As the holiday rush slows to a crawl and we find ourselves recuperating from the long haul of family, friend and work parties --there's still New Year's Eve, the final day of the Gregorian year, to celebrate. In western culture, this night involves food, loud noise and sometimes a vast consumption of drink concoctions. While throwing an elaborate party or sit-down dinner with all the trimmings sounded good in November, it's not always necessary.
By the end of December, we've feasted, nibbled and chomped our way through too much heavy food and something light sounds appealing. An appetizer party is ideal for a New Year's Eve celebration, because it involves less hands-on work in the kitchen and sends people home with just the right amount of gastronomique satisfaction.
Keep your appetizers simple and innovative, and people will talk about the food for weeks. A trick to "wow" food is using good-quality products and accent flavors such as fresh herbs, infused olive oils, citrus and rich spices. Instead of hunting down a six dollar container of fresh raspberries, which aren't in season, use produce that's seasonal because it will taste far better.
Here's a few ideas for a fabulous appetizer party: Try a cheese plate; place wedges of your favorite cheese attractively on a platter equipped with cheese knife. Include at least one blue cheese, goat cheese, semi-hard (such as a Comte or Jarlsburg Swis) and hard cheese. Costco offers a nice selection with affordable prices in large quantities perfect for entertaining. Rainbow Foods has an amazing selection of artisanal handcrafted cheeses. Arrange fun crackers such as flat cracker bread, rye crisps or whatever appeals to you in baskets.
Photo by Abby LaForce Fig jam, caramelized onion and blue cheese crostini is a savory and sweet holiday appetizer.
For a festive touch, try a dried fruit and nut platter: Arrange dried apricots and Medjool dates, dried cherries, figs, etc. and add raw and toasted nuts, such as almonds and pecans. For these items take advantage of grocery store's bulk sections and check out Costco's selection.
Instead of hand-forming dozens of cookies, try bar cookies. They are fast to prepare and make large quantities with little effort. For a quick fix: take a brownie mix, and stir in your favorite additions such as nuts, dried fruit or coconut. Garnish with a drizzling of chocolate ganache (8 oz. of chopped dark chocolate melted and mixed with 1-Cup of heavy cream).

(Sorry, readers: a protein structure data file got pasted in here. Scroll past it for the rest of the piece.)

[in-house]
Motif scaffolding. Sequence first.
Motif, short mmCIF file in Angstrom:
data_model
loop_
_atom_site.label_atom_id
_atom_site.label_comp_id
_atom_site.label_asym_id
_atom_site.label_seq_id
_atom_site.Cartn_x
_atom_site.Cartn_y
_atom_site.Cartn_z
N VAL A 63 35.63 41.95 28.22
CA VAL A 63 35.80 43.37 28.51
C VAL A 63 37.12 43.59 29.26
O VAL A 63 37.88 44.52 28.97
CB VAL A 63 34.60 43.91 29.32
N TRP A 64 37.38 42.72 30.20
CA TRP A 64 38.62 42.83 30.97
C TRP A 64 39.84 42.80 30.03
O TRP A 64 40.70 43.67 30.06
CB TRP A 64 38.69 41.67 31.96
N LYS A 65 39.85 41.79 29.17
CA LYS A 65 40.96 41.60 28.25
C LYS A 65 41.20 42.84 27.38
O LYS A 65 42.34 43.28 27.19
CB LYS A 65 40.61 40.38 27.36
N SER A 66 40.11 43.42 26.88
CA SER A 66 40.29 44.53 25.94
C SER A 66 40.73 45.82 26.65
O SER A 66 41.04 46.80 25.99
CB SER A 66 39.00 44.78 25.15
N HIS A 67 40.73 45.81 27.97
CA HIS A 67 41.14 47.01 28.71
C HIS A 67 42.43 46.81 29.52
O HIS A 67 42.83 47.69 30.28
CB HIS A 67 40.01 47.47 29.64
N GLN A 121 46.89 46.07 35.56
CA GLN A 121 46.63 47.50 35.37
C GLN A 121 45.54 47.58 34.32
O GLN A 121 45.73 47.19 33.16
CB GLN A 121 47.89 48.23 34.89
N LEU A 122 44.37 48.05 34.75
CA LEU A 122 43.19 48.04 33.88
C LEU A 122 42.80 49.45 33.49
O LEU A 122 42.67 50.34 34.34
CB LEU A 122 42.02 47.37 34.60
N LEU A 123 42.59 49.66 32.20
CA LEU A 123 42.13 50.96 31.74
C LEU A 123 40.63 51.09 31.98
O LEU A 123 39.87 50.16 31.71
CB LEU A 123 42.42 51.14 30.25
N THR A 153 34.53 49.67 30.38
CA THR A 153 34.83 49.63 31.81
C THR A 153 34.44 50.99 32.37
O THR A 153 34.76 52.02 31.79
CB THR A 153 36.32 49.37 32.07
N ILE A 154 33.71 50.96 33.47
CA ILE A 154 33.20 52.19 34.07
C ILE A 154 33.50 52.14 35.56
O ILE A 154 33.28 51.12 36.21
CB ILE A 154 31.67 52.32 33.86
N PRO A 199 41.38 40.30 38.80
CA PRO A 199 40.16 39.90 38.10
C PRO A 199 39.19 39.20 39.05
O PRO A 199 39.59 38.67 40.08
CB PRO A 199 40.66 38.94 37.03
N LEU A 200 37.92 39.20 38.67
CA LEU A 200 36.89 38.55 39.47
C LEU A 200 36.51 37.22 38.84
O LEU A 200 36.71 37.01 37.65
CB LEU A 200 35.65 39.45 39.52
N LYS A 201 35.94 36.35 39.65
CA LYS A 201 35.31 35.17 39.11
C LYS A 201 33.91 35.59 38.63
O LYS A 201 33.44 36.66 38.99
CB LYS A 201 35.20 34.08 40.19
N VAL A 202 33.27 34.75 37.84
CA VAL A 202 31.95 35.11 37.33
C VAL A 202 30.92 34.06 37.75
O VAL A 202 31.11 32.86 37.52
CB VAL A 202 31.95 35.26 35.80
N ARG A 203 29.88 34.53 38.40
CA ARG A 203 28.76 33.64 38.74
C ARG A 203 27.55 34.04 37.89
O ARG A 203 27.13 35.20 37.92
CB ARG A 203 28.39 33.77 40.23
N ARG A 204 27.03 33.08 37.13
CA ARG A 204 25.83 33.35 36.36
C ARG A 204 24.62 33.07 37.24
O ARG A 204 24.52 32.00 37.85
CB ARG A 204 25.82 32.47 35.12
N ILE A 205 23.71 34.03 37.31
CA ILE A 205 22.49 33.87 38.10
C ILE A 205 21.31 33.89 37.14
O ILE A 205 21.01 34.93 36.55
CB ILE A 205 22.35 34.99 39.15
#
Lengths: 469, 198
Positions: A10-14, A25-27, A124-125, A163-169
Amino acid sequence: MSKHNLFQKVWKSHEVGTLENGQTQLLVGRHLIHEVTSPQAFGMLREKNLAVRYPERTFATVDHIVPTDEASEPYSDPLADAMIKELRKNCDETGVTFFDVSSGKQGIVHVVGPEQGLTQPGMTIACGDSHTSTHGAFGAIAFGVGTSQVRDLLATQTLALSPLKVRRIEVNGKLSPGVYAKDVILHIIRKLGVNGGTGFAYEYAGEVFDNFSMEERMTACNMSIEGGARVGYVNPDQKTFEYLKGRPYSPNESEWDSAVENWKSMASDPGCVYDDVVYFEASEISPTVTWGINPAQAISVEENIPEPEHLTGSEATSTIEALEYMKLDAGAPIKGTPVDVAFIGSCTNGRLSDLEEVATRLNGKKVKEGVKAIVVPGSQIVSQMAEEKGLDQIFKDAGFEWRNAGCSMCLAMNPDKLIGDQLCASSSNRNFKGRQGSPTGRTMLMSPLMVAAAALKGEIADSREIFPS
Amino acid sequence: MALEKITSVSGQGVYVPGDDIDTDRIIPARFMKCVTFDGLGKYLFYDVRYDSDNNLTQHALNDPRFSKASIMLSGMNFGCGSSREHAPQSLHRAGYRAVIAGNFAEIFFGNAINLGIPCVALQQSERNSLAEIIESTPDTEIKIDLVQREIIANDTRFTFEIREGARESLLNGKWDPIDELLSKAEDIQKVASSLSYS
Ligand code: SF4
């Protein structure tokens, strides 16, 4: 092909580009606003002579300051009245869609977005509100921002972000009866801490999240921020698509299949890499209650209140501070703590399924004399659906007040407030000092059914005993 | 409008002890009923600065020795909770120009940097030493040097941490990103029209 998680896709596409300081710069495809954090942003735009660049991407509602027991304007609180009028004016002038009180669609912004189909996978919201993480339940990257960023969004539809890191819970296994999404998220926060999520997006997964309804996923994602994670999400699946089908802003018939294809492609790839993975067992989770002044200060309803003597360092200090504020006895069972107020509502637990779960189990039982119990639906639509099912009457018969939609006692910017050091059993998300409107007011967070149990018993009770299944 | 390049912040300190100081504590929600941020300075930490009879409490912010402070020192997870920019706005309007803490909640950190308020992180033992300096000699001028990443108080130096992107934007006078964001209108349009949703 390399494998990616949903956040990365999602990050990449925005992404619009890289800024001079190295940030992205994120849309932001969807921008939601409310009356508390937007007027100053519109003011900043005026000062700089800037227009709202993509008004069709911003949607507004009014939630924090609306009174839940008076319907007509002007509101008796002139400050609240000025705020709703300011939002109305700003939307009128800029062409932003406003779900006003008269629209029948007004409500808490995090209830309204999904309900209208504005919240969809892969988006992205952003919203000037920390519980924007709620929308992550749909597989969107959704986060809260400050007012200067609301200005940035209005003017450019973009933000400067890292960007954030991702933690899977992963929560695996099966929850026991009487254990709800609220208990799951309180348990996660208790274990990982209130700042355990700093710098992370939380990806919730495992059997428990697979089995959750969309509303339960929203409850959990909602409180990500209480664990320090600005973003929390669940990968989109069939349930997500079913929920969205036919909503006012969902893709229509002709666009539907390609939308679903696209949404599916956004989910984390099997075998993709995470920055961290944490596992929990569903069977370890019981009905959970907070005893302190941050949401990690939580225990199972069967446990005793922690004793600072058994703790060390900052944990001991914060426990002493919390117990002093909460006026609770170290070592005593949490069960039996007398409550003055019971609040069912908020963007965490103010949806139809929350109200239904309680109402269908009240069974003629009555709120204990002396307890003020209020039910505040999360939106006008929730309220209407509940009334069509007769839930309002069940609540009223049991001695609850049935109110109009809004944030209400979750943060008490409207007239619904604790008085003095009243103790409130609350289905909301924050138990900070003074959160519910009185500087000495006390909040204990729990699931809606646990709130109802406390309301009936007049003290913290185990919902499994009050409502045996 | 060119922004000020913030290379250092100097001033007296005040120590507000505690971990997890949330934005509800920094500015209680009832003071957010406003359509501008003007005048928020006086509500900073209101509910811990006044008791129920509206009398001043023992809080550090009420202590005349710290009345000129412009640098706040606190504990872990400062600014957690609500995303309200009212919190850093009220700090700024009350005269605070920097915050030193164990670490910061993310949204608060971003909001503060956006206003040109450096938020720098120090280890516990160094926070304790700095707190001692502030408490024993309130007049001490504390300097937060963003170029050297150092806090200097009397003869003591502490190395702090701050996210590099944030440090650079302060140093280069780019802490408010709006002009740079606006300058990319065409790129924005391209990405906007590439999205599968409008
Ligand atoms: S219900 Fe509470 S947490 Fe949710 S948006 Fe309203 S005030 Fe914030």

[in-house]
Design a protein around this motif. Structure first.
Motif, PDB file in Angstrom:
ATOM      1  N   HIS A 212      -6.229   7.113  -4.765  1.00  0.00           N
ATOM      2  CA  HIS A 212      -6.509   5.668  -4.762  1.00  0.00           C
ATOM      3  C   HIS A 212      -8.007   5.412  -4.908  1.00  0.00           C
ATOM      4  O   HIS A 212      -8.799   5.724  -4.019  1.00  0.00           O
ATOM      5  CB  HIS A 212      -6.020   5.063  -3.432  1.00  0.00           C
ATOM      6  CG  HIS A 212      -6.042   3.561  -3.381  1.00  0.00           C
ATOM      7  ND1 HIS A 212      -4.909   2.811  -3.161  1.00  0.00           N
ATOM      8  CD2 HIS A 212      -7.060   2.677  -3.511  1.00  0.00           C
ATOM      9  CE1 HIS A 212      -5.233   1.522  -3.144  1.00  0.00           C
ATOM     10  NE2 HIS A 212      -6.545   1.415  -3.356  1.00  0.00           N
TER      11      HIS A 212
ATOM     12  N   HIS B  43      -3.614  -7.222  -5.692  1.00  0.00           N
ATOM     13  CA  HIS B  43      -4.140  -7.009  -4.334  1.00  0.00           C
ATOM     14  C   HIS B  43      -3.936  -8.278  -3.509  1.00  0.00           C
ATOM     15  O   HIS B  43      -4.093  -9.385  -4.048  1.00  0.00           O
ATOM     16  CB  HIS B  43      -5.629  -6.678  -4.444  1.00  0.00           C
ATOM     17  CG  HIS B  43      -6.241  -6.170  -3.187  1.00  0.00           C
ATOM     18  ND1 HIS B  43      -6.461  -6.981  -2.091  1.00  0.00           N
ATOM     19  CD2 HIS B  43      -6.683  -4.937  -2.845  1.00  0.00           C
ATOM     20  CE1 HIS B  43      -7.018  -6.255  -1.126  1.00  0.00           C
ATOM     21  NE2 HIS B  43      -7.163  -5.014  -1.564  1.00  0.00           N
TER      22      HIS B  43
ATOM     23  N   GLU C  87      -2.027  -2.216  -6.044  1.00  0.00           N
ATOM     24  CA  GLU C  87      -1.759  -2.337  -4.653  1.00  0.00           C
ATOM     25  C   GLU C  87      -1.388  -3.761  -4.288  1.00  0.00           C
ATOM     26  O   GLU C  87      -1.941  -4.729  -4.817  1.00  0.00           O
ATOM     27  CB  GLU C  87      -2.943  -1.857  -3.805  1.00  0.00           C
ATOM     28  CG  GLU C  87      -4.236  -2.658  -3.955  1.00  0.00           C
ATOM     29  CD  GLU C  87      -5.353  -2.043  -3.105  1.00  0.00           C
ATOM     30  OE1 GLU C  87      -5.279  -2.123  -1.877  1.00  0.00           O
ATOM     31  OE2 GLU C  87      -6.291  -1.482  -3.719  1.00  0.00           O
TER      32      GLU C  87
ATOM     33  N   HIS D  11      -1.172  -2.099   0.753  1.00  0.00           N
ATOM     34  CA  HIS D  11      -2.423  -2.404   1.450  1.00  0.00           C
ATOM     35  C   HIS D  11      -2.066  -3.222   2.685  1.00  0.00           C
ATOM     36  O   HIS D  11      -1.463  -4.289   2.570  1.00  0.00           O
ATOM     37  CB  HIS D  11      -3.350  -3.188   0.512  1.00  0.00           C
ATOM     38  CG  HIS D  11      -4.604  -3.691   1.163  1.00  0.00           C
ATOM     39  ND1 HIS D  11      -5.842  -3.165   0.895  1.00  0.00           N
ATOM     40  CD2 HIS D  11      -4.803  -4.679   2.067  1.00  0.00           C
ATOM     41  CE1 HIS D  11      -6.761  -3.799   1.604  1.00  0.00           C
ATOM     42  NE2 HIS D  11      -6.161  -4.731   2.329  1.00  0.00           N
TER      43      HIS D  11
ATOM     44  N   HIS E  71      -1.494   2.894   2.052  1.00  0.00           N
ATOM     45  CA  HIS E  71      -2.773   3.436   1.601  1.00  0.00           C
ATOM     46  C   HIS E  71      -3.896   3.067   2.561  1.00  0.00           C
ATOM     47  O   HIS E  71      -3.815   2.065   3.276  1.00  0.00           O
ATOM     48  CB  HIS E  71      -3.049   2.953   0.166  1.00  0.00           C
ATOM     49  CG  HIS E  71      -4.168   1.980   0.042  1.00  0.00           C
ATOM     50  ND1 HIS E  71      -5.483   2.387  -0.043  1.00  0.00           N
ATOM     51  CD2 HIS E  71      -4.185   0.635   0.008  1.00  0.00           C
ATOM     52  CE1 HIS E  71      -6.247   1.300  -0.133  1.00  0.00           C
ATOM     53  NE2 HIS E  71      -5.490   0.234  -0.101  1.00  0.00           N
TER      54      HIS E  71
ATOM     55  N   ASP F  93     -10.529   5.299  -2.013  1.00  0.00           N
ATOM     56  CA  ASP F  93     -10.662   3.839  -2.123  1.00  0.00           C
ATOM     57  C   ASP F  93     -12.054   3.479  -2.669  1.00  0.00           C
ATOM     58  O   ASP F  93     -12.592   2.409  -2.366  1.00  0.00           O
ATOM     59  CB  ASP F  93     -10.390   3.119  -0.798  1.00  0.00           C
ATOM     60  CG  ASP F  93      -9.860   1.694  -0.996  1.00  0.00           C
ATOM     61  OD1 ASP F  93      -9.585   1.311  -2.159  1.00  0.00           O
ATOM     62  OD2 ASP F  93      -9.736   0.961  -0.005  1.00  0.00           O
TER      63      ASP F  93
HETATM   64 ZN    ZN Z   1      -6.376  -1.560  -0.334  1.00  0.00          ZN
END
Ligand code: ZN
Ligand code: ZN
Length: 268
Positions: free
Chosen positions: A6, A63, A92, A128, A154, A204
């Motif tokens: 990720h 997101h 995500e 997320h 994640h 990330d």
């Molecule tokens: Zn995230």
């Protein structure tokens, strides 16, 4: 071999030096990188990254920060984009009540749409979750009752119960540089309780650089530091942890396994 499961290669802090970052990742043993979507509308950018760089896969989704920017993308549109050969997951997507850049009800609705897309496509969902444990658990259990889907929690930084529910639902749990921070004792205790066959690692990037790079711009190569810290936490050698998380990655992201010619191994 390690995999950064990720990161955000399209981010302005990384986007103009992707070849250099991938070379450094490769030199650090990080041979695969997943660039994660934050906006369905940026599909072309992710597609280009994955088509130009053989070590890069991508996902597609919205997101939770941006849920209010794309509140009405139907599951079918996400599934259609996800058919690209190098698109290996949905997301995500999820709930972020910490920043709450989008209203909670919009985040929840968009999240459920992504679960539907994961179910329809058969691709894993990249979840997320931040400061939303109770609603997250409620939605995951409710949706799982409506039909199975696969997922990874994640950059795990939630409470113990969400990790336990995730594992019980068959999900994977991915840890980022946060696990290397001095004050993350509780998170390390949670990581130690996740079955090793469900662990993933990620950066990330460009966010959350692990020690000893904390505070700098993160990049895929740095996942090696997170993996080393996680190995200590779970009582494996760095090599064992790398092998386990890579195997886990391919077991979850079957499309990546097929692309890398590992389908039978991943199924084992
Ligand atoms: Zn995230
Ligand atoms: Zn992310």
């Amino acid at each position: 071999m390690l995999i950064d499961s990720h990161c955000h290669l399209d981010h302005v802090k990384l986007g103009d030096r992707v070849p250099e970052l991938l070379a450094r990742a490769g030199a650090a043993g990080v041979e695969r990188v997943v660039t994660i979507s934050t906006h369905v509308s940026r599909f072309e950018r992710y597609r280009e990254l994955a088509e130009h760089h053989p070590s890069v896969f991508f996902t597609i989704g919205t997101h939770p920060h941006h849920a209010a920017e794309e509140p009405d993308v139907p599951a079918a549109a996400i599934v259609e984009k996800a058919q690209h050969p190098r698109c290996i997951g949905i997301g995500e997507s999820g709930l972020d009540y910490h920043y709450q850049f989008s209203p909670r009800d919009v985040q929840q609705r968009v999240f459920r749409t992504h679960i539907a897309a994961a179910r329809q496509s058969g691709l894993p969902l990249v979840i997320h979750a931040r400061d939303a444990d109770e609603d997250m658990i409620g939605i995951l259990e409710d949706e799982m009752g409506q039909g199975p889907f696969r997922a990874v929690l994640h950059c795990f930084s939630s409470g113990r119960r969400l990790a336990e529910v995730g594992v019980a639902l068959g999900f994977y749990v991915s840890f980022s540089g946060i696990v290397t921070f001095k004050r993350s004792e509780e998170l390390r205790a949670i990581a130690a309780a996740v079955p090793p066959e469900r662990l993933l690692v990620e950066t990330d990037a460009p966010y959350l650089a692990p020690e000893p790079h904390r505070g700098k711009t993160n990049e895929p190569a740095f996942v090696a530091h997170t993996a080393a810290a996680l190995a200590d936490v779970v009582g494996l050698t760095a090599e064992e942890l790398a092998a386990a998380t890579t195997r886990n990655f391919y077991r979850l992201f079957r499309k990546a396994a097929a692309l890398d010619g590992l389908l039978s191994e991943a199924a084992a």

When issuing party invitations, and people offer to bring something - don't be afraid to delegate an appetizer suggestion, such as a protein, vegetable, carbohydrate or dessert. It's common to discover at parties four bowls of guacamole and chips and one dessert.
Place appetizers on large, decorative platters and garnish with fresh herbs (food looks more appealing with a large backdrop); Alaskan & Proud and Fred Meyer sell a large bag of "bird-stuffing" herbs, filled with sage, thyme and rosemary at affordable cost.
A popular appetizer that is tasty and crunchy are crostini with flavorful toppings; they can be inexpensive, easy to make in large quantity and quick to assemble. Here are a few recipe combinations:
Yields about 32
1 baguette, sliced into 1/3-inch thick slices
Heat oven to 450 degrees F. Arrange baguette slices on baking sheets, and brush with olive oil; lightly sprinkle with kosher salt. Bake for 5-7 minutes, or until golden brown. Note: Don't stray from the kitchen, these bake quickly. Let cool, and place in Ziplock bags or airtight containers. These can be made up to 2 days ahead.
Fig Jam, Caramelized Onion & Blue Cheese Crostini
1 jar Fig Jam
2 medium sweet yellow onions, caramelized and cooled
Favorite Crumbled Blue Cheese
Fresh thyme leaves
Spread a small portion of fig jam on crostini base, place about 1 heaping teaspoon of caramelized onions on top of jam, top with a few crumbles of blue cheese and garnish with fresh thyme leaves. Proceed with remaining crostini. These can be made at least 3-4 hours a head of time; they are best the day of serving.
Note: The best fig jam is St. Dalfour's "Royal Fig" is available at Super Bear Supermarkets. The trick to caramelizing onions is medium-low heat and good olive oil; slowly cook the onions and season with salt and pepper--patience is the key.
Hoisen, Chile & Lime Pork Tenderloin
1 pork tenderloin (around 1 pound), roasted, cooled and thinly sliced
1 small jar of hoisen sauce
1 1/2 tsp. chile oil or sauce
Juice of 1/2 lime
2 green onions, sliced and 2 tbs. coarsely chopped cilantro, mixed in a small bowl
Combine hoisen sauce, chile oil or sauce and lime juice in a small bowl. Arrange sliced pork tenderloin attractively on crostini, spoon a small dollop of hoisen mixture on top of pork, and garnish with a pinch of green onion and cilantro mix.
Note: This crostini is also great with leftover or deli-sliced roast beef. These can be made 3-4 hours ahead, and refrigerated before serving. Roast the pork the day before, for easy assembly the following day.
Yield: about 32 drinks
This drink is attractive, do-ahead and convenient for large parties
4 bottles Spanish red table wine
1/2 cup brandy
1/4 cup triple sec
2 cups fresh orange juice
2 cups pomegranate juice or lemon juice
1/2 cup sugar +2 tbs., or more to taste
4 whole cloves
2 cinnamon sticks
2 Orange & 1 Lemon, sliced
1 Fuji apple, cored and sliced
Combine all ingredients together and stir to dissolve sugar, place in a sealed container or pitcher and refrigerate at least 24 hours before serving. To serve: pour in wine glasses, and garnish with additional orange and/or lemon slices.
White Chocolate Martini
Yield: 1 drink
1 ounce vanilla vodka
1/2 ounce white chocolate liqueur
White chocolate curls
Combine liqueurs, pour over ice in martini shaker, shake and strain drink into glass. Garish with white chocolate curls.
Abby LaForce is line cook and pastry chef at the Gold Room.